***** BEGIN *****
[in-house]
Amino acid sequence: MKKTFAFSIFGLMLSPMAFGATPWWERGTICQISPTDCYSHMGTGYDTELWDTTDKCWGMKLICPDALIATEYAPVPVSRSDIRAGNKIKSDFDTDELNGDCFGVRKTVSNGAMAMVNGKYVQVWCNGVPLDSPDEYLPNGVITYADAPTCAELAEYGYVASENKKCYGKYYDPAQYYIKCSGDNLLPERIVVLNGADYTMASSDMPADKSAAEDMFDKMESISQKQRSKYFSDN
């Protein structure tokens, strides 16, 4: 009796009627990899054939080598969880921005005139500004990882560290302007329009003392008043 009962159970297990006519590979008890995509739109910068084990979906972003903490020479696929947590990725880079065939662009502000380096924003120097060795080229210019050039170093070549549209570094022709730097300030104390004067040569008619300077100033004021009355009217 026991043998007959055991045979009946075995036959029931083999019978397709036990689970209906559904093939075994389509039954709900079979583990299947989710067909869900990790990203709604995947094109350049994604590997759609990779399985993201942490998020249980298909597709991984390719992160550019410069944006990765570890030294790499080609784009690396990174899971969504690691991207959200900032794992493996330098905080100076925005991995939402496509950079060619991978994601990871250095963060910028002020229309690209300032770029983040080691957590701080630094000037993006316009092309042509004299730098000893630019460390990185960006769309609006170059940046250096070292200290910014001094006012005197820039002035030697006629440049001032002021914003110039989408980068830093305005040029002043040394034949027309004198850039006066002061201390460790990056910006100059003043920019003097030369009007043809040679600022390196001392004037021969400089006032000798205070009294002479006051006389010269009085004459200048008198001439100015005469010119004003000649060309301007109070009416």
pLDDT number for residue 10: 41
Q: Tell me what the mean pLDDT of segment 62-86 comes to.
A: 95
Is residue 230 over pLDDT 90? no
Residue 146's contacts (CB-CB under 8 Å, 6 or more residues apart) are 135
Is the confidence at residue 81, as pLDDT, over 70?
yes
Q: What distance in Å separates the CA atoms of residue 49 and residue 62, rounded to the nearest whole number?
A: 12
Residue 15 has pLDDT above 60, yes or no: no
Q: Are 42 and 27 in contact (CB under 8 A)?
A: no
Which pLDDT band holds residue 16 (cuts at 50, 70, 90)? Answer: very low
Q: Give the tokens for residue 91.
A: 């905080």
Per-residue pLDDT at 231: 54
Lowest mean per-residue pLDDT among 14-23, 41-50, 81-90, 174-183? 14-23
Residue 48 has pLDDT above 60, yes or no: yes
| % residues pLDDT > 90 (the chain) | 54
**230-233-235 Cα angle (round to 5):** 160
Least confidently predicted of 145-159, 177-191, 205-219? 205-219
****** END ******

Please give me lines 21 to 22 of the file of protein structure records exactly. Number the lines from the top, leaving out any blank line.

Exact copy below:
Residue 48 has pLDDT above 60, yes or no: yes
| % residues pLDDT > 90 (the chain) | 54